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How Can Parents Protect Their Children’s Inheritance?

Updated July 9, 2024.

Estate planning is a crucial step for parents who want to ensure their children are financially secure after they are gone. Without a proper plan, a child’s inheritance can be jeopardized by various factors, including taxes, that child’s creditors, and legal disputes. Read on and speak with a seasoned Rochester estate planning lawyer from our firm to learn how parents can protect their children’s inheritance through effective estate planning strategies.

How Can I Protect My Children’s Inheritance in My Estate Plan?

An estate plan consists of several key components designed to safeguard assets and provide clear instructions for their distribution. The first step in creating an estate plan is drafting a Will. A Will is a legal document that outlines how assets should be distributed upon the parent’s death. It allows parents to specify who will inherit what, how quickly the inheritance will be distributed, and can include provisions for guardianship if the children are minors at both parents’ deaths.

Under your Will, you can establish a trust for your child so that there is oversight by a Trustee on how a child’s inheritance is used. A Trust for a child offers more control over how and when a child’s inheritance is distributed. Typically, there is language in the trust that would allow the Trustee to use funds in the Trust for education, maintenance, and support of that child while the child is under a certain age. The trust would also specify at what age the trust would end and the child would receive their inheritance outright. Trusts can protect a child’s inheritance from a child’s creditors and reduce estate tax burdens.

In addition to a Will, establishing a revocable trust can be beneficial. For instance, parents can set up a revocable living trust, which allows them to manage their assets during their lifetimes and specify how their property should be distributed after death. Like a Will, your revocable trust can include a trust for your child.

Another critical component is the Power of Attorney. This legal document allows a designated person to make financial decisions on behalf of the parent if they become incapacitated but are otherwise still living. Having a durable Power of Attorney ensures that the parent’s financial affairs are managed according to their wishes, and that financial security may be maintained for minor children, because the agent under the Power of Attorney will have access to the parent’s assets to take care of the young children. Likewise, a Power of Attorney can be used to potentially protect the children’s inheritance from a parent’s long-term care costs.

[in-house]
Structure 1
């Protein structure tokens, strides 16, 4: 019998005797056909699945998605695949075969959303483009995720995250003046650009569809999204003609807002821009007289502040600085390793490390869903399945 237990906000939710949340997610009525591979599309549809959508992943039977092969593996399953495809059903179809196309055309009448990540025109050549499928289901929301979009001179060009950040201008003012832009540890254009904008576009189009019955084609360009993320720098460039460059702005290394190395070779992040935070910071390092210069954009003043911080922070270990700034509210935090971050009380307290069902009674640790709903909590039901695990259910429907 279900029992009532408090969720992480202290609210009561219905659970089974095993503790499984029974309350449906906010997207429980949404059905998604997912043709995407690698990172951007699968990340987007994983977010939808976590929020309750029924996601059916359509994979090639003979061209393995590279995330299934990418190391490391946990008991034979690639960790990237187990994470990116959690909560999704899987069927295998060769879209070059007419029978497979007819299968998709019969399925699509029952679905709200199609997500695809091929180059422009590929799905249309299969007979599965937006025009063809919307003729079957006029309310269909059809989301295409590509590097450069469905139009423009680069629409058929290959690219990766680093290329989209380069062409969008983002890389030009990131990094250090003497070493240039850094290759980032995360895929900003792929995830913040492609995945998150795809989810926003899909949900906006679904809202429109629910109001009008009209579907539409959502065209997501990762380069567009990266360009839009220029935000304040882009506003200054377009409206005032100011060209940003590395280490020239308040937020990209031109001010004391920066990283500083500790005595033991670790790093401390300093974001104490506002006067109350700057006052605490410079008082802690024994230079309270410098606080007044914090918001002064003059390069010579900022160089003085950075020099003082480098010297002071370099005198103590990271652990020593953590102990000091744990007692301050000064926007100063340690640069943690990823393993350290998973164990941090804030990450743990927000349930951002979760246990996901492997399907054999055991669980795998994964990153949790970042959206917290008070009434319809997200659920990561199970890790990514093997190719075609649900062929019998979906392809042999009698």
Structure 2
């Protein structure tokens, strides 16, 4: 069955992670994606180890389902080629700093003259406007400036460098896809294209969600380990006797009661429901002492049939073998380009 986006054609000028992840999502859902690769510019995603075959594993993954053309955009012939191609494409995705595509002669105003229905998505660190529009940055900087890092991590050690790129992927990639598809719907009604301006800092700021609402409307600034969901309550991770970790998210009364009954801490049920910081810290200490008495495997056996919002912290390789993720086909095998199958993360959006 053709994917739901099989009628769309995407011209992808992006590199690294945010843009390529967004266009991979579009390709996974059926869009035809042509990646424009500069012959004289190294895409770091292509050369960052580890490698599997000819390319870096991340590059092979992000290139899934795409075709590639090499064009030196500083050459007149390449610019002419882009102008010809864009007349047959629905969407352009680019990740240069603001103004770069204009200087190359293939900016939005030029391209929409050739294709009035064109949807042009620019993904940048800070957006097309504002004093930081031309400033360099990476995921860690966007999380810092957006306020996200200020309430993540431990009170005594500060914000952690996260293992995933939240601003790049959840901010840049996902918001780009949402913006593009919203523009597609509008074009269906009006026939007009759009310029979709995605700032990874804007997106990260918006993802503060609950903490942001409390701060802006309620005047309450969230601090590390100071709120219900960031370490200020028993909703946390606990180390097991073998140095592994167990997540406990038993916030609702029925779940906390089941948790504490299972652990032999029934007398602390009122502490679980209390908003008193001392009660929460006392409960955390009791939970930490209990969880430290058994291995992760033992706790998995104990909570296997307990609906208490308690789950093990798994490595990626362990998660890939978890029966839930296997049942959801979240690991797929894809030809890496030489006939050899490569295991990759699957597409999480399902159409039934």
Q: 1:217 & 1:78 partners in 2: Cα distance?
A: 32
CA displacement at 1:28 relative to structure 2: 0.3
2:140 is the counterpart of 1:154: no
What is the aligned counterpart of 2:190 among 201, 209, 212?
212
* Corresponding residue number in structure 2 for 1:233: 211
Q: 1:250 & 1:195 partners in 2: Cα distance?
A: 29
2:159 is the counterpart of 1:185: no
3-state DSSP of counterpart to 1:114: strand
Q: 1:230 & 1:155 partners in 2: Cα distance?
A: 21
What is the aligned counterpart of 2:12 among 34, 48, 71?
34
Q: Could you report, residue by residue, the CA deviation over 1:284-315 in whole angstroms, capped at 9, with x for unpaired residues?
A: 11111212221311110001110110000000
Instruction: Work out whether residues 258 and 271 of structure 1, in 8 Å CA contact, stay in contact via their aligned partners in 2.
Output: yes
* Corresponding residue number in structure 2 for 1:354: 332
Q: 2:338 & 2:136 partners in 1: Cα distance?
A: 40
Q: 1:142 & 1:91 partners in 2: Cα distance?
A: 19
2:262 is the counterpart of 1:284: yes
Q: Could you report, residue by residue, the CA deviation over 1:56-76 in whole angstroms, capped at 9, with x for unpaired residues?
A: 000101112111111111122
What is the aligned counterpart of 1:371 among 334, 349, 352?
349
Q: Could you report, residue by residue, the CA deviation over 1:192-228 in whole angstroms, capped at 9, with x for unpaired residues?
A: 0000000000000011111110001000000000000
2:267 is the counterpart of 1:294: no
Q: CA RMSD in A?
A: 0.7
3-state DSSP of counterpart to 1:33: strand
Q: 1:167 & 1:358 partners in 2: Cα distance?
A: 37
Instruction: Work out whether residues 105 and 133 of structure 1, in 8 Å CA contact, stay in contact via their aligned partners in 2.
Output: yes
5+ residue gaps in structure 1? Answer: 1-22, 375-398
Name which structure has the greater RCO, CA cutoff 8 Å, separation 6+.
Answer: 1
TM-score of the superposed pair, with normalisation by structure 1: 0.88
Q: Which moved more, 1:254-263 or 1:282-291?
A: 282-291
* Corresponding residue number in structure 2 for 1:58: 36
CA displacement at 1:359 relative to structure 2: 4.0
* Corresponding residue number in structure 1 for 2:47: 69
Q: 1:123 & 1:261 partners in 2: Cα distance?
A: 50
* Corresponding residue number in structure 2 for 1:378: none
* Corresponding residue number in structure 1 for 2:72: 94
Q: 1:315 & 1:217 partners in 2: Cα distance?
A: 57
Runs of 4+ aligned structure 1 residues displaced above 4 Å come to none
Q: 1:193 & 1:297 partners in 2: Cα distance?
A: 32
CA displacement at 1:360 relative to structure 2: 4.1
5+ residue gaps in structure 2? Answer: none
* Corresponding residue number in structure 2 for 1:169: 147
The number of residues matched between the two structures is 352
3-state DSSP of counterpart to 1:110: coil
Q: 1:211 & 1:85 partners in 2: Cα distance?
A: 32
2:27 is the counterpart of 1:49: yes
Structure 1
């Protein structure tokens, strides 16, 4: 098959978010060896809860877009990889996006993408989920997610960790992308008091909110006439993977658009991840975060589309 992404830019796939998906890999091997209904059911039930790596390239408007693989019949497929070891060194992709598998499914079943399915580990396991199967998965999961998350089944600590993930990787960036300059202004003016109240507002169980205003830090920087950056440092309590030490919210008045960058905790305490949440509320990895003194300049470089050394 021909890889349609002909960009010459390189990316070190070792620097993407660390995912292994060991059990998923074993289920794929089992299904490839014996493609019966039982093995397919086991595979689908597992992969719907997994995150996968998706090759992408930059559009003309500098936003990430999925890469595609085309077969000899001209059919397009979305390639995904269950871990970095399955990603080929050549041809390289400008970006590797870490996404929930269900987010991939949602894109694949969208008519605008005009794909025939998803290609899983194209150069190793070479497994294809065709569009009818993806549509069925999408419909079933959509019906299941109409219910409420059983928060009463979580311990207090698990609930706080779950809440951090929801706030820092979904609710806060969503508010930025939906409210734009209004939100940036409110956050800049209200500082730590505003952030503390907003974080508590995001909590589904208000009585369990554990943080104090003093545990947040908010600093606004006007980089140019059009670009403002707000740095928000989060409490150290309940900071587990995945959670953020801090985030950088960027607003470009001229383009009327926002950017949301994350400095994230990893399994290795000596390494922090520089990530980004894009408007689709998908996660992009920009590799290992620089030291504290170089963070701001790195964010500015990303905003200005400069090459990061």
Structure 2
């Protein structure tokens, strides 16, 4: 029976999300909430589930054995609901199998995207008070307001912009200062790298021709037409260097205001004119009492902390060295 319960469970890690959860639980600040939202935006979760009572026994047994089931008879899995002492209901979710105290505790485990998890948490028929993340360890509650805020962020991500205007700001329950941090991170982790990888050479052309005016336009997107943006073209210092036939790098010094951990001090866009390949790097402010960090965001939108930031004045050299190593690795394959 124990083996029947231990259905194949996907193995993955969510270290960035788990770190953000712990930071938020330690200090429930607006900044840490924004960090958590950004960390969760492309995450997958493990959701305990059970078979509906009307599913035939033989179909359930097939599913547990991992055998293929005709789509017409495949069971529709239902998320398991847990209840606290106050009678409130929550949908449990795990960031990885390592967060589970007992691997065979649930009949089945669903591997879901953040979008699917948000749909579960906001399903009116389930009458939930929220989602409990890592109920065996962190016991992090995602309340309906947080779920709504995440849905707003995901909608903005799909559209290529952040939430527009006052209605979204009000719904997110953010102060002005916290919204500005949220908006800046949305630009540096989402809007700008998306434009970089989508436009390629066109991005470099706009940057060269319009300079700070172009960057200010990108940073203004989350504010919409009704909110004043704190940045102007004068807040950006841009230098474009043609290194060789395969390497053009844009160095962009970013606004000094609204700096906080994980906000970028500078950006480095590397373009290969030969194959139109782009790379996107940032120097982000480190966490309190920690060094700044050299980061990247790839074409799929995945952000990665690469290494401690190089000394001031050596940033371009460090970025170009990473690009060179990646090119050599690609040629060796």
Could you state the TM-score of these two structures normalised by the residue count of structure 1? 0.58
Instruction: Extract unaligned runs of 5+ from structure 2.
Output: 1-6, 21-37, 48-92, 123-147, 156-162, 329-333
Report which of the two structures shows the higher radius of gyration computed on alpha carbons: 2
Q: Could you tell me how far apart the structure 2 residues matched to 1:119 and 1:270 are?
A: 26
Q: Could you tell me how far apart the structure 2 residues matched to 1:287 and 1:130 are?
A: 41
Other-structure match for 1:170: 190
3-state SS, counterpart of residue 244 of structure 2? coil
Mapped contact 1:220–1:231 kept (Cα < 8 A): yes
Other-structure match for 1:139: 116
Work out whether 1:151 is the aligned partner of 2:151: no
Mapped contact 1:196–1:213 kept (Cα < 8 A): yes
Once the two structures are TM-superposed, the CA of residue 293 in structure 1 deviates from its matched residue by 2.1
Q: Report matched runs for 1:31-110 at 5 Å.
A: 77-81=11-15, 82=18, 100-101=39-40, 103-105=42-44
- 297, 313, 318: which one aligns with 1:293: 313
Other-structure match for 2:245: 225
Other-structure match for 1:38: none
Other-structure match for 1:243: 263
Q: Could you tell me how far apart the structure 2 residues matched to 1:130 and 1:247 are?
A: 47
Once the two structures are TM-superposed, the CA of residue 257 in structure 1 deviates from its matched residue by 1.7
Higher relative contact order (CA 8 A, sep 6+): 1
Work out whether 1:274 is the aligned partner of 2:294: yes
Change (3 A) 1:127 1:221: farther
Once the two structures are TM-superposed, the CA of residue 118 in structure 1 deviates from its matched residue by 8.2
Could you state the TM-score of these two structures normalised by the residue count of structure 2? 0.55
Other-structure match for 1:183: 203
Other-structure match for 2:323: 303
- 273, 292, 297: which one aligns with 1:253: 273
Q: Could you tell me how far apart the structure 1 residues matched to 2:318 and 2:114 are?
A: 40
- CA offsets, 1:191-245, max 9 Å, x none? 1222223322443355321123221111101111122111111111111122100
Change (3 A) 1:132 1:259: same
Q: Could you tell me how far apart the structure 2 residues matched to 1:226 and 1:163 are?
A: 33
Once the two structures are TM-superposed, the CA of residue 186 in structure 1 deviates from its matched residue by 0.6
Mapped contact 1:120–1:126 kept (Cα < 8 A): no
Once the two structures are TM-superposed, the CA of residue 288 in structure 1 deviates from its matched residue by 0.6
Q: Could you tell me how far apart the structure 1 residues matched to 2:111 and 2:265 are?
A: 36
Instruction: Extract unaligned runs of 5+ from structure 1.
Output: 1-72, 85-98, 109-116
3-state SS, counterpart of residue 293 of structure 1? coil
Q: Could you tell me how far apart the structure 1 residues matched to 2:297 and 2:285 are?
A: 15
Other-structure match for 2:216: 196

How Can Parents Minimize Estate Taxes?

Estate taxes can significantly reduce the value of an inheritance left to children. Therefore, minimizing these taxes is essential for preserving a family’s wealth. One effective strategy is lifetime gifting. Parents can give away a certain amount of money each year ($18,000 per recipient in 2024) to their children without incurring gift taxes. Over time, this can reduce the size of the estate and, consequently, the estate tax liability. For two parents with four adult children, they can collectively transfer over $140,000 to those four kids each year, completely tax-free. This serves to further reduce the value of the parents’ estate for state and federal estate tax purposes at their death.

Another method to minimize estate taxes is through the use of trusts. Irrevocable Life Insurance Trusts (ILITs) are one popular tool. By purchasing a life insurance policy in an ILIT, after three years the death benefits of that life insurance are excluded from the parent’s taxable estate, reducing the estate tax burden, and passing on that money to the children tax-free.

Charitable donations can also help minimize estate taxes. By leaving a portion of one’s estate to one or more charitable organizations, parents can reduce the taxable value of their estate. This not only benefits the chosen charity but also preserves more of the estate for the children (rather than a portion going to the state and/or federal government for payment of taxes).

If you have further questions about how to best protect your child’s inheritance, please don’t hesitate to reach out to Lacy Katzen LLP today.


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